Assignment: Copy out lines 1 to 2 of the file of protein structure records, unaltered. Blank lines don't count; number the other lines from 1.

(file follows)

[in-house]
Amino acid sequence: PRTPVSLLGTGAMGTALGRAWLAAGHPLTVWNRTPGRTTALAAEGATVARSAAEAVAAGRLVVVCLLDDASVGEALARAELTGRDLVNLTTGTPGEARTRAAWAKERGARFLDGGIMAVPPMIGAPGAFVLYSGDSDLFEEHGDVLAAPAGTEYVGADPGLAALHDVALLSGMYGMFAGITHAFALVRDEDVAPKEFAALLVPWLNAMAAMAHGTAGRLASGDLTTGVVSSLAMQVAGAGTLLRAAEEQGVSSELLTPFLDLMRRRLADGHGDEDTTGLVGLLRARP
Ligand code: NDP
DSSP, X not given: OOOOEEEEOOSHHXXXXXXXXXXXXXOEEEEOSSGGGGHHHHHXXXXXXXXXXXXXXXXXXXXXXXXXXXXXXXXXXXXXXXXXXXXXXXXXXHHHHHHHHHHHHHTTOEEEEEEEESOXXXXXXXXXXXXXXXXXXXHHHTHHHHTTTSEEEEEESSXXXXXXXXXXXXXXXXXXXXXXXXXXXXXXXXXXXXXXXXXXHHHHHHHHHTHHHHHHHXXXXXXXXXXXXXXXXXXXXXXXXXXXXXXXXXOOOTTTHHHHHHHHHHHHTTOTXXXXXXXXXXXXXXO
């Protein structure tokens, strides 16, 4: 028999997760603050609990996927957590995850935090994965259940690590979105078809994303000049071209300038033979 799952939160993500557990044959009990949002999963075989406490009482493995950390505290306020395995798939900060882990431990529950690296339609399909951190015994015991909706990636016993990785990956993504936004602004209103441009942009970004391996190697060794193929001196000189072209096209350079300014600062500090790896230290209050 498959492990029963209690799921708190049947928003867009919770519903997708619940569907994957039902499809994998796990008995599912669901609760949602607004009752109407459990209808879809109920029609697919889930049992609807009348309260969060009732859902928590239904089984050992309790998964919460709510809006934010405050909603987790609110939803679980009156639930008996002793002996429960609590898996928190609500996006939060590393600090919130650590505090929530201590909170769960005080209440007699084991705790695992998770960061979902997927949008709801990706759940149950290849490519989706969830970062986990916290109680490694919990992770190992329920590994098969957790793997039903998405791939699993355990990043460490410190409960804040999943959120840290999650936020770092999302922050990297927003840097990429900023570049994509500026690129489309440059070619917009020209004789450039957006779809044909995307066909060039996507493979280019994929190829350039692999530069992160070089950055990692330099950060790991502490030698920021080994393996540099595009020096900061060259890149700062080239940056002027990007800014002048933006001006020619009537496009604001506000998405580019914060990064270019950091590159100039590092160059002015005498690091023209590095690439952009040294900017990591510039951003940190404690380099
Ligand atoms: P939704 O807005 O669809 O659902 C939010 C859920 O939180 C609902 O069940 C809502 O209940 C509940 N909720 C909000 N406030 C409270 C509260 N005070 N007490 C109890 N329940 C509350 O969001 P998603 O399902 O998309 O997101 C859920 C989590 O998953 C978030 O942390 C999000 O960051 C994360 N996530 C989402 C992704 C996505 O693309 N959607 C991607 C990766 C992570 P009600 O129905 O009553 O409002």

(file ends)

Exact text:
[in-house]
Amino acid sequence: PRTPVSLLGTGAMGTALGRAWLAAGHPLTVWNRTPGRTTALAAEGATVARSAAEAVAAGRLVVVCLLDDASVGEALARAELTGRDLVNLTTGTPGEARTRAAWAKERGARFLDGGIMAVPPMIGAPGAFVLYSGDSDLFEEHGDVLAAPAGTEYVGADPGLAALHDVALLSGMYGMFAGITHAFALVRDEDVAPKEFAALLVPWLNAMAAMAHGTAGRLASGDLTTGVVSSLAMQVAGAGTLLRAAEEQGVSSELLTPFLDLMRRRLADGHGDEDTTGLVGLLRARP